Yet, at the end, Head calls, as do all the would-be dystopics who just can't seem to give in to the last push for nihilism, for "progressives" and labor unionists to come together to unite in holy opposition and make a brave, new humanist worker paradise out of this bloated, Gatesian social devastation. Yeah, that'll happen.
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2 of 2 people found the following review helpful By Still Singin' on June 14, 2014
Format: Hardcover
Simon Head is a university fellow and has been around long enough to be able to trace modern digital infiltration of the workplace from the 1970's until today. He also creates a less recent historical perspective from which the contemporary situation evolved, citing heavily from Taylorism and its "scientific management" principals. While at one time "scientific management" might have seemed like a good idea . . . forward-thinking . . . it has morphed into a technological monster which threatens to consume the humanity of the workplace.

There is lots to digest in this book. CBS or computer business systems is the term Head prefers. The military has played a seminal role in actualizing the infiltration into corporate life of CBS's. Decades ago, there was perceived to be a great need in the defense industry for computerizing management function and workplace behavior. Generous collaboration between the military and private enterprise developed a top-down system, with less emphasis on middle management, and a robotic notion that ground level workers need not have skill sets as much as the ability to follow orders -- i.e., everything would be set up for them in advance. Monkey see . . . monkey do.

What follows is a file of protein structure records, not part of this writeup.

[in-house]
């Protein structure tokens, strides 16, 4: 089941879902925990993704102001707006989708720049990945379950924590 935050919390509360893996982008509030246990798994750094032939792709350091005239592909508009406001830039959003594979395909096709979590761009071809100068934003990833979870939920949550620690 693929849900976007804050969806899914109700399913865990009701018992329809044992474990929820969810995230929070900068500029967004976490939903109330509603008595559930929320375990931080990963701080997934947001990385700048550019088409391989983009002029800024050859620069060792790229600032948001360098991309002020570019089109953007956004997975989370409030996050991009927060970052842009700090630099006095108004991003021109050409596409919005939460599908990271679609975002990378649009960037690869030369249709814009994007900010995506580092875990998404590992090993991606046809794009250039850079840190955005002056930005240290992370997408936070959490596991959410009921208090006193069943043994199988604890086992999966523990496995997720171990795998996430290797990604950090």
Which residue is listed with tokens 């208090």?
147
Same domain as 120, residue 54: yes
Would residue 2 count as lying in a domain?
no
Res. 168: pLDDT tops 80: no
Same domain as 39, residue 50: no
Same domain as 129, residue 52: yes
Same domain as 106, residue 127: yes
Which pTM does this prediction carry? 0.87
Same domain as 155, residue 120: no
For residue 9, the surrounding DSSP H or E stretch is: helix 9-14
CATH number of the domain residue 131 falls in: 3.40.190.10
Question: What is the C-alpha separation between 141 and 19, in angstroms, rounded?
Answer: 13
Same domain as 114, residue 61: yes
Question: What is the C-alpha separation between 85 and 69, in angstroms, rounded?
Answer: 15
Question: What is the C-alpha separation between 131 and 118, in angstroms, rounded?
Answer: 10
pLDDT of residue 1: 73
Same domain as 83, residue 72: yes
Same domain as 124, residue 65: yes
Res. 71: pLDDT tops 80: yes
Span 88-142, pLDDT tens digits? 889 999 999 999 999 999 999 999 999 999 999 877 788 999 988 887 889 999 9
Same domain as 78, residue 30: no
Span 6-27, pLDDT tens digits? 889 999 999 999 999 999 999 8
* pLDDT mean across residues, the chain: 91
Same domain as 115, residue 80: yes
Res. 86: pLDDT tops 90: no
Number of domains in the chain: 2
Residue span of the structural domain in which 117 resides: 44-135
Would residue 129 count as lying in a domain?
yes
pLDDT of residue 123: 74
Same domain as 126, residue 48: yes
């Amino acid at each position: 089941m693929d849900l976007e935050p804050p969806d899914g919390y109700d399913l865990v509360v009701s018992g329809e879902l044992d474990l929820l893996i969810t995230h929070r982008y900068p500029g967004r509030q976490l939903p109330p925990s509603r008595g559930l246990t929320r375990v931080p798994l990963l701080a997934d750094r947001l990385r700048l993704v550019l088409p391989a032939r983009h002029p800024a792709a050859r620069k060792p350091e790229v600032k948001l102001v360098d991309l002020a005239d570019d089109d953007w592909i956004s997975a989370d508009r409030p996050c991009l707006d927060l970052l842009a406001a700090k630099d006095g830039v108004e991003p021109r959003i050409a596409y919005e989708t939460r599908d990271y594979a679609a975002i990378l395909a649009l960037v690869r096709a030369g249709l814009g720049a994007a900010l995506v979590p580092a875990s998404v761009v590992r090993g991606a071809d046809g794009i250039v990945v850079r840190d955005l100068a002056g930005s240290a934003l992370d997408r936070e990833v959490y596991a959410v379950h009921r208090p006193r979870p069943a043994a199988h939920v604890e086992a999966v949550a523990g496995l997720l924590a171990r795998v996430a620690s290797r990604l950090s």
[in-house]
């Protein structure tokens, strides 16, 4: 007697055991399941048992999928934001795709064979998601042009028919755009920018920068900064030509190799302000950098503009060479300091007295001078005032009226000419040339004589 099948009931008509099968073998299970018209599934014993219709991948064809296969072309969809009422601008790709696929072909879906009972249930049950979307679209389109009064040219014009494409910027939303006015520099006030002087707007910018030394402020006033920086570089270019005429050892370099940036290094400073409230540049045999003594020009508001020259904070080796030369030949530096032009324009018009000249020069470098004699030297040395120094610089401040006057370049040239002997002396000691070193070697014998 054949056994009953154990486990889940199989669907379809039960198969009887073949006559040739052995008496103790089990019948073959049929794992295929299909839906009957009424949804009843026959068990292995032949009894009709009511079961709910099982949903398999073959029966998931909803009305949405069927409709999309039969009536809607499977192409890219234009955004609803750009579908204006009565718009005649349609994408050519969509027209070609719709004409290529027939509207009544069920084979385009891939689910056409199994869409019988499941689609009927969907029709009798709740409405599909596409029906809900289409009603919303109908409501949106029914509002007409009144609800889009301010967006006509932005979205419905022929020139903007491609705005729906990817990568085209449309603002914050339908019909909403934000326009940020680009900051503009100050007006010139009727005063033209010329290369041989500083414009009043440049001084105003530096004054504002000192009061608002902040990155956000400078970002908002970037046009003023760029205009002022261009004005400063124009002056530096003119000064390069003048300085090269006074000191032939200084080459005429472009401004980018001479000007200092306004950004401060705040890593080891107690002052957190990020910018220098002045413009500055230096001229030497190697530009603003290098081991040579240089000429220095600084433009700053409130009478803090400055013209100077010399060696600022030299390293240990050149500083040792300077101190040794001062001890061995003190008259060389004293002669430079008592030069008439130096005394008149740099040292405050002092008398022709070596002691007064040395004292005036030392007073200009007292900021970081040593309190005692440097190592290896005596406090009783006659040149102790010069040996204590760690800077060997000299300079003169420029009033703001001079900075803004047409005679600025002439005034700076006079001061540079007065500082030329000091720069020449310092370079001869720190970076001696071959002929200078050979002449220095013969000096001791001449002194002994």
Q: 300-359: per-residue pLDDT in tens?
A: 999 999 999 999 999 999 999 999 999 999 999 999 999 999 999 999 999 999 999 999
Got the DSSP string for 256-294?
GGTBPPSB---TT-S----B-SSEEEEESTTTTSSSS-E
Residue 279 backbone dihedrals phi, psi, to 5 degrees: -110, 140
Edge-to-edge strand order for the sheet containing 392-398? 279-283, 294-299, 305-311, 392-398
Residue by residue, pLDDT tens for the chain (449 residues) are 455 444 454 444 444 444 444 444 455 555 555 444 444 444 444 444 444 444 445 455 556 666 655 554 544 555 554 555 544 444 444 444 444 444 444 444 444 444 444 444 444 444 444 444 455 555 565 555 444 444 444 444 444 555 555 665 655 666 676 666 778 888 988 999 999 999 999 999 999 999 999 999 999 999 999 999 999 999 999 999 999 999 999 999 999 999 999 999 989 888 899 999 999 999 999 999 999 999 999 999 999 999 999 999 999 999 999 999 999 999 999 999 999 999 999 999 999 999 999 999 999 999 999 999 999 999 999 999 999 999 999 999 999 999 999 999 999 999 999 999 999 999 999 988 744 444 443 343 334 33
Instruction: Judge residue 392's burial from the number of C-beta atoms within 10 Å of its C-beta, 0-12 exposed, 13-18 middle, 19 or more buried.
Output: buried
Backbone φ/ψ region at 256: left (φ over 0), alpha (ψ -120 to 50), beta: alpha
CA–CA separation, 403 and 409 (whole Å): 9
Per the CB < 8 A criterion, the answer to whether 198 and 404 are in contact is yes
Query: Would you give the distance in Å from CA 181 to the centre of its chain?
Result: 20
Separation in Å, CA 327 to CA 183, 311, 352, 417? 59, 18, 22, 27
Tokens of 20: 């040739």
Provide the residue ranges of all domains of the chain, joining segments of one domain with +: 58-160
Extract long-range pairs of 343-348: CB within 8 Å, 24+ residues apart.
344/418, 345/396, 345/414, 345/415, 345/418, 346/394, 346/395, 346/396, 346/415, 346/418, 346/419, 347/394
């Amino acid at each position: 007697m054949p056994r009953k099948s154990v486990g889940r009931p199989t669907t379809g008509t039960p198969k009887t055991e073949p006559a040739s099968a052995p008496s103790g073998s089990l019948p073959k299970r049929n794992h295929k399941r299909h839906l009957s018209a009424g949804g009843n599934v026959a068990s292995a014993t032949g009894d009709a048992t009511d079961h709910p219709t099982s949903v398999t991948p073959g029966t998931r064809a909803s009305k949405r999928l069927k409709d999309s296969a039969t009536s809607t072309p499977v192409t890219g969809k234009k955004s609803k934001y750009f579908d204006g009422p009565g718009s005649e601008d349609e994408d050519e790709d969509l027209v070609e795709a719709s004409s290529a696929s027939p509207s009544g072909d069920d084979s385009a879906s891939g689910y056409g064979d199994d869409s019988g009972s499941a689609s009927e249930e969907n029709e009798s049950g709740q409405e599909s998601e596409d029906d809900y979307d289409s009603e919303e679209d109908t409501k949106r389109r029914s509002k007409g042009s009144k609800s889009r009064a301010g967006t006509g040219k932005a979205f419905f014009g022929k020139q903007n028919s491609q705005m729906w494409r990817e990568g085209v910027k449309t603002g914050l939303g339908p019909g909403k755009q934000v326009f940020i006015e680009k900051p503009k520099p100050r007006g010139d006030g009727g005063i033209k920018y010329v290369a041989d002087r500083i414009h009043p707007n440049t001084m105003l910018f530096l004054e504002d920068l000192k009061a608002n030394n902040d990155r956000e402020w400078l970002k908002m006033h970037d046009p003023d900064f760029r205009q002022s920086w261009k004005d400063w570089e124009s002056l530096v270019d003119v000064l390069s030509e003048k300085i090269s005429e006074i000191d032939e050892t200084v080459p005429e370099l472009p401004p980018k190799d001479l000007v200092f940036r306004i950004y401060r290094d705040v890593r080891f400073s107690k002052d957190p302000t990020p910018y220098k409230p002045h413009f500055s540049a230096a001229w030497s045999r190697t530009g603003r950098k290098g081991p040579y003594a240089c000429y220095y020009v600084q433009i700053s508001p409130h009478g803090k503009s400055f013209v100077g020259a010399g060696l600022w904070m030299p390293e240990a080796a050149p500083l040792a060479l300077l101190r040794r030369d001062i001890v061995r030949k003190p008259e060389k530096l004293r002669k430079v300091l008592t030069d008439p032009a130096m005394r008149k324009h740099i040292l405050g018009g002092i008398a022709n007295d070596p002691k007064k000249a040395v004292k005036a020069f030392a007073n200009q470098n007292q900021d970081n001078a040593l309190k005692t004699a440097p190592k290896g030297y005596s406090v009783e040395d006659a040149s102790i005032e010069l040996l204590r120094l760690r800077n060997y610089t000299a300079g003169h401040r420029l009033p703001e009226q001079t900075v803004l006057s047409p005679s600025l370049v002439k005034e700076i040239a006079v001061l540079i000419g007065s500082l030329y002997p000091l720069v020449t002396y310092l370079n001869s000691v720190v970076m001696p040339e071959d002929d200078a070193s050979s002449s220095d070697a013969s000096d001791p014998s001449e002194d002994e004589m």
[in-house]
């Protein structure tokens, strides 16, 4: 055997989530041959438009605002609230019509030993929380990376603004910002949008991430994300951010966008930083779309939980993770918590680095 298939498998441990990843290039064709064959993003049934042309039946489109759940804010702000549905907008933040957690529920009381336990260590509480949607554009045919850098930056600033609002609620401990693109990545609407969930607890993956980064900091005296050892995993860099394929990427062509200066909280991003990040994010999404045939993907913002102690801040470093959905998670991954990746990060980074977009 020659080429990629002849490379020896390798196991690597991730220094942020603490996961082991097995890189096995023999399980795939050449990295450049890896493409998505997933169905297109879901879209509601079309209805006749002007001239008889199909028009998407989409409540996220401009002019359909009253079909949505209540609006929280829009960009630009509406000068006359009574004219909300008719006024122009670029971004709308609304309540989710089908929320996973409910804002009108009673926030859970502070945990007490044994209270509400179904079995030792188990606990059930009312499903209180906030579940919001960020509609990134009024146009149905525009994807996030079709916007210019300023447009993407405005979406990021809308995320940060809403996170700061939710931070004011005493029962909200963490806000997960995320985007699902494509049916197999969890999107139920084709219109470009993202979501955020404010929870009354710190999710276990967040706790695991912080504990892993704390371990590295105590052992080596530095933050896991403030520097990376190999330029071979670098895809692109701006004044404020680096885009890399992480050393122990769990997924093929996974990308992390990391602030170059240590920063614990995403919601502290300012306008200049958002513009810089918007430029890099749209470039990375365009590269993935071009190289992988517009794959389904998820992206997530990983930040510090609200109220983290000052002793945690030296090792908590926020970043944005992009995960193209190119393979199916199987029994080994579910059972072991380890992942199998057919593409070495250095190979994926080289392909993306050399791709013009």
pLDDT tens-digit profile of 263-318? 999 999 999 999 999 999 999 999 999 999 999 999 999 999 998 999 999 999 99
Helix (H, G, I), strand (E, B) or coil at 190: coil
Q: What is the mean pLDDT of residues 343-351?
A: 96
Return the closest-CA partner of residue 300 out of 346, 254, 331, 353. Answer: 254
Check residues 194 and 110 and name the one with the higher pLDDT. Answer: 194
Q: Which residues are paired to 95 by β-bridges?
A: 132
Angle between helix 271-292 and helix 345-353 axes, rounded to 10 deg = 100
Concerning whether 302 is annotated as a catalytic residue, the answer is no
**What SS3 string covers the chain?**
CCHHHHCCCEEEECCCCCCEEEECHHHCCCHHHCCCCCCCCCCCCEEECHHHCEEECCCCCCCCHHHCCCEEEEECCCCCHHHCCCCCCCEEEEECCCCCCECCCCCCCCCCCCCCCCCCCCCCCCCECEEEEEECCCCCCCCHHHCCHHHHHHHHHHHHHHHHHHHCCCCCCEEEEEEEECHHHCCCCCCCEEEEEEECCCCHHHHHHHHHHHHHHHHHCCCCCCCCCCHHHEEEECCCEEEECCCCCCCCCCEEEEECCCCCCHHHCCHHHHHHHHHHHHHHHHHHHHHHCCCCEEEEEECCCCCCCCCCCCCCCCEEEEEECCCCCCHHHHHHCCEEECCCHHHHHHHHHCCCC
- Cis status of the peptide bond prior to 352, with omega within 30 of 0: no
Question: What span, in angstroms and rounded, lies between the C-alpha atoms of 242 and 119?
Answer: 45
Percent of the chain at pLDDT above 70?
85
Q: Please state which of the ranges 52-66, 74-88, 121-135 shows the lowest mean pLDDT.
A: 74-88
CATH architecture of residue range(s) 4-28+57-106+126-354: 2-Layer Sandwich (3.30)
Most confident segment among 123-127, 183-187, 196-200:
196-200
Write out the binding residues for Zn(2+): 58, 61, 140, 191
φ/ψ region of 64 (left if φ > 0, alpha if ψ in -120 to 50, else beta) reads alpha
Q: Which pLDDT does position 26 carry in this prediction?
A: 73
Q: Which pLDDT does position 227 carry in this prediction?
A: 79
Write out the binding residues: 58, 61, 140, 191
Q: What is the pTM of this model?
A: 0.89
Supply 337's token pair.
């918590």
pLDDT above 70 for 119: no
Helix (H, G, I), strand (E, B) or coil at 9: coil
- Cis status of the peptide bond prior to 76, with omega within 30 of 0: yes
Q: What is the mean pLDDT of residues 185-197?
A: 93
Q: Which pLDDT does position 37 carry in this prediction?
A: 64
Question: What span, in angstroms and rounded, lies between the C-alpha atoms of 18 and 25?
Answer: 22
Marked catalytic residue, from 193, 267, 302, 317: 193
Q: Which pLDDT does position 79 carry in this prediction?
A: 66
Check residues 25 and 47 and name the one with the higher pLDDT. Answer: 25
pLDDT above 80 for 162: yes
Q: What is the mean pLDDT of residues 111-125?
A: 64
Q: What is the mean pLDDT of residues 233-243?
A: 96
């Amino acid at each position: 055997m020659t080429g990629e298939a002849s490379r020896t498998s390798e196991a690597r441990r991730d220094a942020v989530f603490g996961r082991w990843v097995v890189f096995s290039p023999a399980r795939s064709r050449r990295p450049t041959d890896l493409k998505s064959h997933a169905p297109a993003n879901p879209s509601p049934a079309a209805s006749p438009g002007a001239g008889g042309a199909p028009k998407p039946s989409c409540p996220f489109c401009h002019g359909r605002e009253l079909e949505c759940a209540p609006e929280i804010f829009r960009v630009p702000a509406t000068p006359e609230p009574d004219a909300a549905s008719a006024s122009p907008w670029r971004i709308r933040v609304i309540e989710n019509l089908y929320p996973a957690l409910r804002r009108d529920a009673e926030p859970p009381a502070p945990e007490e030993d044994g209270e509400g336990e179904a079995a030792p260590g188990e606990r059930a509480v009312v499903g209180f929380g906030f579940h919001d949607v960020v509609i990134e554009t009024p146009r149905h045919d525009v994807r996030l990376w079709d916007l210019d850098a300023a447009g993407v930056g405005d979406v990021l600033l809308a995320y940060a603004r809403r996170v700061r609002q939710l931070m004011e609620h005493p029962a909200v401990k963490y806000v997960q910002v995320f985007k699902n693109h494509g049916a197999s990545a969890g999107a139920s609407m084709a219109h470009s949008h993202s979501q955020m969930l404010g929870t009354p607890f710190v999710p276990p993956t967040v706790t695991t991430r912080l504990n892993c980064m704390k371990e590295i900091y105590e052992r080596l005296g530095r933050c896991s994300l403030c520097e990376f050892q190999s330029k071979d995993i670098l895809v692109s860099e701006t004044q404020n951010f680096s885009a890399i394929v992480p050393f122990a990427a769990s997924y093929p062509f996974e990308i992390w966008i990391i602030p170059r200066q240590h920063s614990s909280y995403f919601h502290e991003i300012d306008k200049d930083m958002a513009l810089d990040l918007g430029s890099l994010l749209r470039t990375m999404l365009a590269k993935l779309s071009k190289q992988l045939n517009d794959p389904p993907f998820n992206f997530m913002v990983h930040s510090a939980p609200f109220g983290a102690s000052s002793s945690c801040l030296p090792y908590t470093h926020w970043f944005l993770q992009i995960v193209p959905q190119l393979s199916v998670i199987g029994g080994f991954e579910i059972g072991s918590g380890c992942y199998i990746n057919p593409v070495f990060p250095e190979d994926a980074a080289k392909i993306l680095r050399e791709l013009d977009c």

Sounds efficient, right? But dramatic draw-backs emerge inevitably from such an approach. Industrial production flourished at first, and still seems to impress. Modern life runs more smoothly due to the creative enterprise of IT specialists and an ability to actualize relevant products. But playing behind the scenes is a deterioration of the workforce, spurred on by a relentless system that "rewards" individual production with ever increasing goals. The harder you work, the more you get to do.
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1 of 1 people found the following review helpful By M. Edwards on August 20, 2014
Format: Hardcover
In this book Simon Head discusses how Computer Business Systems have paved the way globally for ever-increasing white-collar industrialization and ever-stricter controls imposed thereon. While the chapter on Walmart and Amazon hits closest to home, I also appreciated the chapter on manufacturing in China. Although I wish the author could have done a better job staying away from acronyms, and making the chapters on "Military" and "Global" Halves seem more pertinent, this still was an interesting and quick read.